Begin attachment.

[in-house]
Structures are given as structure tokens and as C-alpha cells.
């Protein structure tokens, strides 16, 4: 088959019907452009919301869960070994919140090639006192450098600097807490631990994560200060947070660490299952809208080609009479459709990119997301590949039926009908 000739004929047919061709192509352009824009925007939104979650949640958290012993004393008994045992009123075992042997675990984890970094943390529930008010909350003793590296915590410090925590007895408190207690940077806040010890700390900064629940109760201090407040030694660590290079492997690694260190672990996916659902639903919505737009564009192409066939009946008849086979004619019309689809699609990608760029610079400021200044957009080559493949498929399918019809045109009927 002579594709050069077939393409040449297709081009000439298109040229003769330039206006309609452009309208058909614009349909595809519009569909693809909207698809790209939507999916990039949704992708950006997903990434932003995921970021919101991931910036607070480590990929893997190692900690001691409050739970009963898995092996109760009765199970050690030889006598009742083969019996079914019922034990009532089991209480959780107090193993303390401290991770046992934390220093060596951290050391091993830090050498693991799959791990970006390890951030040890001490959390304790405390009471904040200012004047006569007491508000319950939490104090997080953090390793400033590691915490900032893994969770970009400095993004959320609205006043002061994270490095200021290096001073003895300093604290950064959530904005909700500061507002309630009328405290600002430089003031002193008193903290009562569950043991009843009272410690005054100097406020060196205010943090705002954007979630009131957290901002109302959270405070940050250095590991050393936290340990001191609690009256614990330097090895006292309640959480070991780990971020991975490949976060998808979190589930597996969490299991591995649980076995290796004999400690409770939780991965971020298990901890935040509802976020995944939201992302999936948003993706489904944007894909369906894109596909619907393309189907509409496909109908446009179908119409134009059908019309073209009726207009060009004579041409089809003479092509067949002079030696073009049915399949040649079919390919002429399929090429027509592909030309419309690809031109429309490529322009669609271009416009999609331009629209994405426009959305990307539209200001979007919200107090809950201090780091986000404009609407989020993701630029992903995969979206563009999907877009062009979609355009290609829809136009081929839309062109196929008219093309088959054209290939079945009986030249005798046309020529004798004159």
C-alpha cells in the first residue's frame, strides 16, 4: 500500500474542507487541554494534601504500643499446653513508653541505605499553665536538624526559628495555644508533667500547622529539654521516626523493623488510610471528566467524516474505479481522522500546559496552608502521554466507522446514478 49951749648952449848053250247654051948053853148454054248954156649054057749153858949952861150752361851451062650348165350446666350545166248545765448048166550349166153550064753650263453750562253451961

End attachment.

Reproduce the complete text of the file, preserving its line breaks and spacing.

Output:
[in-house]
Structures are given as structure tokens and as C-alpha cells.
């Protein structure tokens, strides 16, 4: 088959019907452009919301869960070994919140090639006192450098600097807490631990994560200060947070660490299952809208080609009479459709990119997301590949039926009908 000739004929047919061709192509352009824009925007939104979650949640958290012993004393008994045992009123075992042997675990984890970094943390529930008010909350003793590296915590410090925590007895408190207690940077806040010890700390900064629940109760201090407040030694660590290079492997690694260190672990996916659902639903919505737009564009192409066939009946008849086979004619019309689809699609990608760029610079400021200044957009080559493949498929399918019809045109009927 002579594709050069077939393409040449297709081009000439298109040229003769330039206006309609452009309208058909614009349909595809519009569909693809909207698809790209939507999916990039949704992708950006997903990434932003995921970021919101991931910036607070480590990929893997190692900690001691409050739970009963898995092996109760009765199970050690030889006598009742083969019996079914019922034990009532089991209480959780107090193993303390401290991770046992934390220093060596951290050391091993830090050498693991799959791990970006390890951030040890001490959390304790405390009471904040200012004047006569007491508000319950939490104090997080953090390793400033590691915490900032893994969770970009400095993004959320609205006043002061994270490095200021290096001073003895300093604290950064959530904005909700500061507002309630009328405290600002430089003031002193008193903290009562569950043991009843009272410690005054100097406020060196205010943090705002954007979630009131957290901002109302959270405070940050250095590991050393936290340990001191609690009256614990330097090895006292309640959480070991780990971020991975490949976060998808979190589930597996969490299991591995649980076995290796004999400690409770939780991965971020298990901890935040509802976020995944939201992302999936948003993706489904944007894909369906894109596909619907393309189907509409496909109908446009179908119409134009059908019309073209009726207009060009004579041409089809003479092509067949002079030696073009049915399949040649079919390919002429399929090429027509592909030309419309690809031109429309490529322009669609271009416009999609331009629209994405426009959305990307539209200001979007919200107090809950201090780091986000404009609407989020993701630029992903995969979206563009999907877009062009979609355009290609829809136009081929839309062109196929008219093309088959054209290939079945009986030249005798046309020529004798004159």
C-alpha cells in the first residue's frame, strides 16, 4: 500500500474542507487541554494534601504500643499446653513508653541505605499553665536538624526559628495555644508533667500547622529539654521516626523493623488510610471528566467524516474505479481522522500546559496552608502521554466507522446514478 49951749648952449848053250247654051948053853148454054248954156649054057749153858949952861150752361851451062650348165350446666350545166248545765448048166550349166153550064753650263453750562253451961